Women carrying a BRCA mutation have an increased risk of developing breast and ovarian cancer [2] In the absence of robust screening tools, prophylactic surgical removal of the adnexa is the current key strategy to reduce the burden of ovarian cancer in BRCA1/2 carriers [3]. The bilateral salpingo-oophorectomy, with or without the additional risk-reducing mastectomy, reduces the risk of ovarian cancer by 80- 96% and breast cancer up to 50%. [4,5] Sixty-five percent of women will opt for RRBSO; women carrying a BRCA 1 mutation will undergo the procedure between 35 and 40 years of age, those with a BRCA1 and BRCA2 mutation, between 40 and 45 years and those with a RAD1C/1D mutation, between 40 and 50 years of age.[6] There is growing evidence from observational studies that RRBSO has a detrimental impact on the quality of life, longevity and on all-cause non-survival endpoints in these women, in particular in those carrying a BRCA1 mutation, who are likely to have surgery earlier than those carrying a BRCA2 mutation.[7]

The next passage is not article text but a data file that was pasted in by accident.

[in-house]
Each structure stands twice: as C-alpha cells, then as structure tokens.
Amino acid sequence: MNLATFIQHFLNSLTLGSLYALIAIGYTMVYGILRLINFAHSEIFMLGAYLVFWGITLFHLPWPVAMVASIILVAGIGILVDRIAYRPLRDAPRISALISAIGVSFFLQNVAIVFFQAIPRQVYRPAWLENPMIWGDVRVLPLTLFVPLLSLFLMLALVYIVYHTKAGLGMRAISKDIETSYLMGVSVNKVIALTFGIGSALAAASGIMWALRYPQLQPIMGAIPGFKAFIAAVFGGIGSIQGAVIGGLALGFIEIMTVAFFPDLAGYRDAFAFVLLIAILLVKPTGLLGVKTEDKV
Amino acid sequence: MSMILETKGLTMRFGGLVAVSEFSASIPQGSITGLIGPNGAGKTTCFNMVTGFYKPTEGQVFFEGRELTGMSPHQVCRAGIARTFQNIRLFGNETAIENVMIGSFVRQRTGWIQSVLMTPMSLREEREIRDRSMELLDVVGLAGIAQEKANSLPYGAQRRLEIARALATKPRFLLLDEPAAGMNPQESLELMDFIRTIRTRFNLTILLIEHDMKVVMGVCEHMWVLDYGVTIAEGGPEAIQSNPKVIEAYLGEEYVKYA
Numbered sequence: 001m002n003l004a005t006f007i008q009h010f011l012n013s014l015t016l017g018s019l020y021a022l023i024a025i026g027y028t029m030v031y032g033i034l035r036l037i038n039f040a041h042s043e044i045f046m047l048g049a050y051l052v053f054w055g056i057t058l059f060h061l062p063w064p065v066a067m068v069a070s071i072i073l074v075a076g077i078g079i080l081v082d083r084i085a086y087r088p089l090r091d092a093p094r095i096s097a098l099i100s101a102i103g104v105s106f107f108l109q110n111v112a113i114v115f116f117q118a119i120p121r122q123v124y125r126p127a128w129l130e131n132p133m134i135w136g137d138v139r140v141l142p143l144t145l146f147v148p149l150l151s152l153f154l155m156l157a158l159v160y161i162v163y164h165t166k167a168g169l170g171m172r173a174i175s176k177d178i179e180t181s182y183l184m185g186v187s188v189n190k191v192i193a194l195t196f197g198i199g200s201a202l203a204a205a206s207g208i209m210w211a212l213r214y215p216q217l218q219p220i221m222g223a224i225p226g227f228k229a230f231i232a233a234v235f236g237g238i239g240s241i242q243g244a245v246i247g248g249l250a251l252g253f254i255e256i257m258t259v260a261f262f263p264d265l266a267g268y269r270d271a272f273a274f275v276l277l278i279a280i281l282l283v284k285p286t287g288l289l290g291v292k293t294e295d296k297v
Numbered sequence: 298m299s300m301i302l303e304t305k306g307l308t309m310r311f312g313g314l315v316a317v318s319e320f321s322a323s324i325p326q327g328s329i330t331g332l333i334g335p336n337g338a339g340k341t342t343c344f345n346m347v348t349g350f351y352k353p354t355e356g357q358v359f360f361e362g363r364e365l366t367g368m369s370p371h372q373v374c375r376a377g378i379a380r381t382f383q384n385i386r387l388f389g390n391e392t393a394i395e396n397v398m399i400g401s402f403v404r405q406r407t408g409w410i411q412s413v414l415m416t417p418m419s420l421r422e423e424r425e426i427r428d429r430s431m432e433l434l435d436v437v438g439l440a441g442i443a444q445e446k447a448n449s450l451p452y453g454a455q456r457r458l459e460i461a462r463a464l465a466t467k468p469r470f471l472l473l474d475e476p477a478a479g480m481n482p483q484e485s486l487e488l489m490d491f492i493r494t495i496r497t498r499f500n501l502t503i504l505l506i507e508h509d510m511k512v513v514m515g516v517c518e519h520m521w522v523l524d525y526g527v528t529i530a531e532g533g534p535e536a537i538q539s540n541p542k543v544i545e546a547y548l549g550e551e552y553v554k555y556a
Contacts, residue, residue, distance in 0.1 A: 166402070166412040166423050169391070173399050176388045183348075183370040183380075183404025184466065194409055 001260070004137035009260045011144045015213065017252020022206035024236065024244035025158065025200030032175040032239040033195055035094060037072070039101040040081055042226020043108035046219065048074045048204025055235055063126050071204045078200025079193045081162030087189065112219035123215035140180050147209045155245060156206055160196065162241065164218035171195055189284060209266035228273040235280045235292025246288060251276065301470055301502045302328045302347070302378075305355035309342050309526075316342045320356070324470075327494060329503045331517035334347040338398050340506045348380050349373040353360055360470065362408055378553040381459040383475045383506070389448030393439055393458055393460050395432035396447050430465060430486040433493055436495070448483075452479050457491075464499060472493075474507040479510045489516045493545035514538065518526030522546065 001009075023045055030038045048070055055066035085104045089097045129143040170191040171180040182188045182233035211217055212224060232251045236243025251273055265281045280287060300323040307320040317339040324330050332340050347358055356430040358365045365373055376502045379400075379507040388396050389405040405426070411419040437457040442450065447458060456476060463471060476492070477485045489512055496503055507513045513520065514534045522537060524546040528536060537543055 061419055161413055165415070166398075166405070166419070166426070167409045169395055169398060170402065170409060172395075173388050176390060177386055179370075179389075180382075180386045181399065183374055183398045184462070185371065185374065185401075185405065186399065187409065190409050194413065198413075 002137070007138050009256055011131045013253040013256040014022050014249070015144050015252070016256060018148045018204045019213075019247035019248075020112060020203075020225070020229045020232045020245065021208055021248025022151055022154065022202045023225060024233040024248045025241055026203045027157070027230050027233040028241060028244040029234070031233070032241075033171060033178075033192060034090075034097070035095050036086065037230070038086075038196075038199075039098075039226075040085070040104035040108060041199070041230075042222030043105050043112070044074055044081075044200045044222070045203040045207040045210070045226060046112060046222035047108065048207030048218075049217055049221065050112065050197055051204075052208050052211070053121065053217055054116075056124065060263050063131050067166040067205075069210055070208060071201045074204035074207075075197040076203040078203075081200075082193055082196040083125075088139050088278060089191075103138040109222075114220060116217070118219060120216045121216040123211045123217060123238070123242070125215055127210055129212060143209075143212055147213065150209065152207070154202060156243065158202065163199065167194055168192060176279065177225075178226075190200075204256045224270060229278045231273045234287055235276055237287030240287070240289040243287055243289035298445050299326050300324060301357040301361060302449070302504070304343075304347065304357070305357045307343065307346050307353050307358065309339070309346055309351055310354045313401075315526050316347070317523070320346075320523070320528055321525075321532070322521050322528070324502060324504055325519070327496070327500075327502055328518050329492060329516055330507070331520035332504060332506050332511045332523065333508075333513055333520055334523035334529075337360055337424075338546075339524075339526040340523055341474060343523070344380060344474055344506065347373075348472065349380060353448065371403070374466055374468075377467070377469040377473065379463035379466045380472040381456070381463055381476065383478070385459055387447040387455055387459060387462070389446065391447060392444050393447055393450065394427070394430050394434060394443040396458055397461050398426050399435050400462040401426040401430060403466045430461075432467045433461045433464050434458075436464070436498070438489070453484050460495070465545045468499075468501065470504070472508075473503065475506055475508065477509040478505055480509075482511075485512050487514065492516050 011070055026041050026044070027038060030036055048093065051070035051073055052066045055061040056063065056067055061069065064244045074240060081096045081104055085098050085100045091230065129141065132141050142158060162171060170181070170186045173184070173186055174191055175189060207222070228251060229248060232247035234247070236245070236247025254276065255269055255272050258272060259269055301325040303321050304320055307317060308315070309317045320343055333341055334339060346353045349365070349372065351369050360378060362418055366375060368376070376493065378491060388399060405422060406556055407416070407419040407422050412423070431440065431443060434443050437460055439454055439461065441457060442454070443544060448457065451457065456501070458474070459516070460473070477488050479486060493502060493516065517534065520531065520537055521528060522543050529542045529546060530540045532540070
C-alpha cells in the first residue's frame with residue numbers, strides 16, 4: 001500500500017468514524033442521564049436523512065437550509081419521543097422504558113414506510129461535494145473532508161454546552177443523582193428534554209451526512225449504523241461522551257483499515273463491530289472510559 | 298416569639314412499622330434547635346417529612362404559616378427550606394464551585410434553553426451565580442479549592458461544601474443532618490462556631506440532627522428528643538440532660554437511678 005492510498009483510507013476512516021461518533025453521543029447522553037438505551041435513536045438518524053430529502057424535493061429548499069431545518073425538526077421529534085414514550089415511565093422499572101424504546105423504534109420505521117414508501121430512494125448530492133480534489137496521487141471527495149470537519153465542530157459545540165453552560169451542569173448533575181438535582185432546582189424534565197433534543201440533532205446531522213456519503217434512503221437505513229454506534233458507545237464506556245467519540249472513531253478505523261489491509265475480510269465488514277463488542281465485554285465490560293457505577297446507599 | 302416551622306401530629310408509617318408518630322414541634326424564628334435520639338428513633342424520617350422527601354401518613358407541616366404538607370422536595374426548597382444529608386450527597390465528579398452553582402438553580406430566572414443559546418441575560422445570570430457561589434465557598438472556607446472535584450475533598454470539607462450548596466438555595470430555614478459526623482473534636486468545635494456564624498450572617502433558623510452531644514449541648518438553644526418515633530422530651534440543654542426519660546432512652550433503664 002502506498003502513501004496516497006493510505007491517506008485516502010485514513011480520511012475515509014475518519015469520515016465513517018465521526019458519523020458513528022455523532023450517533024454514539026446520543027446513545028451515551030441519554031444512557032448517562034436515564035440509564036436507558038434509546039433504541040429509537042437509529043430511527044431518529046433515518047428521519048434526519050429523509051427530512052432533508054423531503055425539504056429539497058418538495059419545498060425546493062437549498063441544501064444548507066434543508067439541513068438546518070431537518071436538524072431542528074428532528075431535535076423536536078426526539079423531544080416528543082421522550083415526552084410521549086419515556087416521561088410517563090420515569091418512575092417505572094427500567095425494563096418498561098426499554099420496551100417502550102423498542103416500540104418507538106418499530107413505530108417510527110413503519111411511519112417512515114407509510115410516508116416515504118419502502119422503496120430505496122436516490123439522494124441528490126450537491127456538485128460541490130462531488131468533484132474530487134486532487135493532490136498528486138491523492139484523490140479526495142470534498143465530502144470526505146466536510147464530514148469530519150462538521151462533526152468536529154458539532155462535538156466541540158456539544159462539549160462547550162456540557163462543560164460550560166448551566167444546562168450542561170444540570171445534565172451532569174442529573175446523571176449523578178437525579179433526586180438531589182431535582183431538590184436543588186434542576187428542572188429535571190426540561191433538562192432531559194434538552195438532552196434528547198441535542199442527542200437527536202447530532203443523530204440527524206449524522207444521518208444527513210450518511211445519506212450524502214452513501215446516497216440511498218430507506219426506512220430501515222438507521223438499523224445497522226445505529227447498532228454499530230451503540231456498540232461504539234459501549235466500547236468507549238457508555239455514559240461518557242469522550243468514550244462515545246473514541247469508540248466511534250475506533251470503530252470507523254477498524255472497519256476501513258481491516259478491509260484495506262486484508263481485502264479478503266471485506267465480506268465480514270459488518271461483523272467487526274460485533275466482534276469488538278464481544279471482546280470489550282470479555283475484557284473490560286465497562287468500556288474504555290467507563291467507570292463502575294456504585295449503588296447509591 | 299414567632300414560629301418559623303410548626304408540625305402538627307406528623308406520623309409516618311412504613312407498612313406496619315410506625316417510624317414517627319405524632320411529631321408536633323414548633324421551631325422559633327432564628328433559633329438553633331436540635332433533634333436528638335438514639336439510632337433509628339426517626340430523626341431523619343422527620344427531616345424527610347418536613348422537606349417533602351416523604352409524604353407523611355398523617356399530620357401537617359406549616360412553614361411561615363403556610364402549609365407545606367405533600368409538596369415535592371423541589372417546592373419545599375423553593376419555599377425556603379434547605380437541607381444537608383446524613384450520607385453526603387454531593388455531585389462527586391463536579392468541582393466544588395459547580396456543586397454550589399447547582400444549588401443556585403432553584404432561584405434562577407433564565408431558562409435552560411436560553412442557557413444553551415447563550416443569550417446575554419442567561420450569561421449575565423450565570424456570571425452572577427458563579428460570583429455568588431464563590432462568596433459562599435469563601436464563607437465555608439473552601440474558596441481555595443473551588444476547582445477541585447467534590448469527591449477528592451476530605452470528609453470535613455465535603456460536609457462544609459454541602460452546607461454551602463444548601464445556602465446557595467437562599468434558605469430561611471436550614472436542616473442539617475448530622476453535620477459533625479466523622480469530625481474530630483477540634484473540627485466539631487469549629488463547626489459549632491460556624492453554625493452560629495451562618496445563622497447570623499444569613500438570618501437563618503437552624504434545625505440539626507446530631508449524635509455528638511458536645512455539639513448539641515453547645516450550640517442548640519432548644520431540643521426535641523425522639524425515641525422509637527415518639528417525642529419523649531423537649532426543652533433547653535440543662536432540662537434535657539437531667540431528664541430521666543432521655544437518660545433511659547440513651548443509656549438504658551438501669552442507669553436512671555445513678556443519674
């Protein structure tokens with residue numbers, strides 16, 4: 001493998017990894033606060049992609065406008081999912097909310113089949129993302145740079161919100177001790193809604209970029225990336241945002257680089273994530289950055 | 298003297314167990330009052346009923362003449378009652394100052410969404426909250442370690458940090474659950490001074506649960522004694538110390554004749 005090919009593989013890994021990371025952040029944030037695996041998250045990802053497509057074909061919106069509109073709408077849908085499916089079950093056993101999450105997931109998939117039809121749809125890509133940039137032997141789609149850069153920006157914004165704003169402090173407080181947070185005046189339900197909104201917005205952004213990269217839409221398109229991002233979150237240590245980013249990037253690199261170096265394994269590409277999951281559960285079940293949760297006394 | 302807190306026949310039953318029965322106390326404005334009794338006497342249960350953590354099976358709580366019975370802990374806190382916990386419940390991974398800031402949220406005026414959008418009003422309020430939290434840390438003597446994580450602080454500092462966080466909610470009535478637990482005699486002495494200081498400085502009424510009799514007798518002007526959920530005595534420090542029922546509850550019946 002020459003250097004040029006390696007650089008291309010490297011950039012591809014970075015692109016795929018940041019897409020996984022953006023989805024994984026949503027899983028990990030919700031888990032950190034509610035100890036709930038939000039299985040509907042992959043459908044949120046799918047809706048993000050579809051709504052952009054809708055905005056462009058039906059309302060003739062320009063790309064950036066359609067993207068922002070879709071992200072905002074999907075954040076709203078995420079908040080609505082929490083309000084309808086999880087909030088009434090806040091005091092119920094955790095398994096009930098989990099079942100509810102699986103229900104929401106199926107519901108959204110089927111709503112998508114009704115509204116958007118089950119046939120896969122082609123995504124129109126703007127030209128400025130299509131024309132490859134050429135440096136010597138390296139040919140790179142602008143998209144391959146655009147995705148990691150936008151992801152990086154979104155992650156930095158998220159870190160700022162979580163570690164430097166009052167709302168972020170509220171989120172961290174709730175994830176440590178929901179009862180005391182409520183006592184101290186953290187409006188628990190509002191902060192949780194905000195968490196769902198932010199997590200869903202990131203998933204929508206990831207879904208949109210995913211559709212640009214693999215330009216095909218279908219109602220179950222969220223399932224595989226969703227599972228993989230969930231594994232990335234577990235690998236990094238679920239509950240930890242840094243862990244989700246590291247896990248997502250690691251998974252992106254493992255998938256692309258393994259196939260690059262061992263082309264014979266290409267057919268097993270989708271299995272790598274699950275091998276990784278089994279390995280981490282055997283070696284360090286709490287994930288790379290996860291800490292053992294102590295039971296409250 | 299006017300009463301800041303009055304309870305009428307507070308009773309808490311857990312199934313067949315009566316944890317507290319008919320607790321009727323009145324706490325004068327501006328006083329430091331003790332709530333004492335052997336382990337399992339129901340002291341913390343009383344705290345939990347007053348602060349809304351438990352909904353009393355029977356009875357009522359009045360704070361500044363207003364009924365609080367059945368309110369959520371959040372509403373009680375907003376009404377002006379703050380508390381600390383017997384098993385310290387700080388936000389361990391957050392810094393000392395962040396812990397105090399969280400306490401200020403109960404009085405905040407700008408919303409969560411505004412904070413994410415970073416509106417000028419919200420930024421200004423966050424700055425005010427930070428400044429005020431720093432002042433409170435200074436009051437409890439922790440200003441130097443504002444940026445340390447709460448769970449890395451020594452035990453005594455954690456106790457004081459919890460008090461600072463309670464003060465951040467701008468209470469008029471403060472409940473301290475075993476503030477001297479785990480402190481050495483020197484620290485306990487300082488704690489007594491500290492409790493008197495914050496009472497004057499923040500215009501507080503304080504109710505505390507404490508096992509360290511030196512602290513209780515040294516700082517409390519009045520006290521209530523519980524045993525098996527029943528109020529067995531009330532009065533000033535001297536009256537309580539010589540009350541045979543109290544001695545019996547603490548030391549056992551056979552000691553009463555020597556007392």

It is well known that HT improves vasomotor symptoms, vulvovaginal atrophy/genitourinary syndrome of menopause, prevents osteoporotic bone loss and reduces cardiovascular mortality, enhances sexual function and has a favorable effect on quality of life [8,9] Therefore, young women without breast cancer are recommended systemic HT after RRBSO. Nora et al compared RRBSO patients with BSO controls and found that only half (16.8% of the RRBSO group and 38.4% of the BSO controls >52 years; p < 0.001) of the eligible women used hormones, indicating that many of these women unnecessarily experience adverse effects [10]. On the other hand, BRCA 2 mutation carriers typically undergo RRBSO at a later age and, given their propensity to develop hormone receptor-positive breast cancers, HT should be adopted with caution in these women.